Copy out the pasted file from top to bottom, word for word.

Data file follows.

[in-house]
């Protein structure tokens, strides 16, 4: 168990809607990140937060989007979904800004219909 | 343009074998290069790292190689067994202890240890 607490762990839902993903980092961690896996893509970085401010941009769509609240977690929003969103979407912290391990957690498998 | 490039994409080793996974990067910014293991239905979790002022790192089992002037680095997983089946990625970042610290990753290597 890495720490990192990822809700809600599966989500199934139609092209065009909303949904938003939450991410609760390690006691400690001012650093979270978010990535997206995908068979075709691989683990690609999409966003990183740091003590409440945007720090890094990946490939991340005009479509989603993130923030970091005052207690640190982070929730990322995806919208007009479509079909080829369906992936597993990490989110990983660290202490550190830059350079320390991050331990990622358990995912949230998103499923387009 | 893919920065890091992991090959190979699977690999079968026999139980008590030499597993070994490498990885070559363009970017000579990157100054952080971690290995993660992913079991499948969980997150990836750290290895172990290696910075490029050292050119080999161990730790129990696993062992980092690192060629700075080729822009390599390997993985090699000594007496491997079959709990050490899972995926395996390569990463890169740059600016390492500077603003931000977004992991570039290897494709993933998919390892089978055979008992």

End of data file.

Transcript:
[in-house]
């Protein structure tokens, strides 16, 4: 168990809607990140937060989007979904800004219909 | 343009074998290069790292190689067994202890240890 607490762990839902993903980092961690896996893509970085401010941009769509609240977690929003969103979407912290391990957690498998 | 490039994409080793996974990067910014293991239905979790002022790192089992002037680095997983089946990625970042610290990753290597 890495720490990192990822809700809600599966989500199934139609092209065009909303949904938003939450991410609760390690006691400690001012650093979270978010990535997206995908068979075709691989683990690609999409966003990183740091003590409440945007720090890094990946490939991340005009479509989603993130923030970091005052207690640190982070929730990322995806919208007009479509079909080829369906992936597993990490989110990983660290202490550190830059350079320390991050331990990622358990995912949230998103499923387009 | 893919920065890091992991090959190979699977690999079968026999139980008590030499597993070994490498990885070559363009970017000579990157100054952080971690290995993660992913079991499948969980997150990836750290290895172990290696910075490029050292050119080999161990730790129990696993062992980092690192060629700075080729822009390599390997993985090699000594007496491997079959709990050490899972995926395996390569990463890169740059600016390492500077603003931000977004992991570039290897494709993933998919390892089978055979008992």